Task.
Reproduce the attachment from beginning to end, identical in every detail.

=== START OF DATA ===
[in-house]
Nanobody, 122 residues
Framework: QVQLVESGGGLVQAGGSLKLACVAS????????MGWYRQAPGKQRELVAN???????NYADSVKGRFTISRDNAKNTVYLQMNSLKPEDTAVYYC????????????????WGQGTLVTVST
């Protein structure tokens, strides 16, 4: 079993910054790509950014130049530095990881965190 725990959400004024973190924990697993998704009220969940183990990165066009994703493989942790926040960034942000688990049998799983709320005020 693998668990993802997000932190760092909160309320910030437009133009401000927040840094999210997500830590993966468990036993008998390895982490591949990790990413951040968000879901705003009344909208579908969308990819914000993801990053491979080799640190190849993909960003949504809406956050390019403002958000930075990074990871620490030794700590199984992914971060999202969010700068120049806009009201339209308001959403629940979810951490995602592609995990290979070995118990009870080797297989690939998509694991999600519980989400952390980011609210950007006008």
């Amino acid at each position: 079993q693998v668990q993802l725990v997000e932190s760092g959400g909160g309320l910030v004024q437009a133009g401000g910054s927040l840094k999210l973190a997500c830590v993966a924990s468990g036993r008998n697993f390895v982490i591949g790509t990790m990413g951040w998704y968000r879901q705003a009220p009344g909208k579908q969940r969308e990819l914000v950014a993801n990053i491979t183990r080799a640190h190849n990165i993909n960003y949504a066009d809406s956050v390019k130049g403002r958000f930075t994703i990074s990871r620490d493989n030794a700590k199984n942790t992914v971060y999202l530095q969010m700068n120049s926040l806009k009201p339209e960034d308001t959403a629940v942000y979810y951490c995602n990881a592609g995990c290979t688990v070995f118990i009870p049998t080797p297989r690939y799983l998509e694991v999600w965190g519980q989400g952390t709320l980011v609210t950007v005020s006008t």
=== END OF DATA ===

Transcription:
[in-house]
Nanobody, 122 residues
Framework: QVQLVESGGGLVQAGGSLKLACVAS????????MGWYRQAPGKQRELVAN???????NYADSVKGRFTISRDNAKNTVYLQMNSLKPEDTAVYYC????????????????WGQGTLVTVST
């Protein structure tokens, strides 16, 4: 079993910054790509950014130049530095990881965190 725990959400004024973190924990697993998704009220969940183990990165066009994703493989942790926040960034942000688990049998799983709320005020 693998668990993802997000932190760092909160309320910030437009133009401000927040840094999210997500830590993966468990036993008998390895982490591949990790990413951040968000879901705003009344909208579908969308990819914000993801990053491979080799640190190849993909960003949504809406956050390019403002958000930075990074990871620490030794700590199984992914971060999202969010700068120049806009009201339209308001959403629940979810951490995602592609995990290979070995118990009870080797297989690939998509694991999600519980989400952390980011609210950007006008």
């Amino acid at each position: 079993q693998v668990q993802l725990v997000e932190s760092g959400g909160g309320l910030v004024q437009a133009g401000g910054s927040l840094k999210l973190a997500c830590v993966a924990s468990g036993r008998n697993f390895v982490i591949g790509t990790m990413g951040w998704y968000r879901q705003a009220p009344g909208k579908q969940r969308e990819l914000v950014a993801n990053i491979t183990r080799a640190h190849n990165i993909n960003y949504a066009d809406s956050v390019k130049g403002r958000f930075t994703i990074s990871r620490d493989n030794a700590k199984n942790t992914v971060y999202l530095q969010m700068n120049s926040l806009k009201p339209e960034d308001t959403a629940v942000y979810y951490c995602n990881a592609g995990c290979t688990v070995f118990i009870p049998t080797p297989r690939y799983l998509e694991v999600w965190g519980q989400g952390t709320l980011v609210t950007v005020s006008t």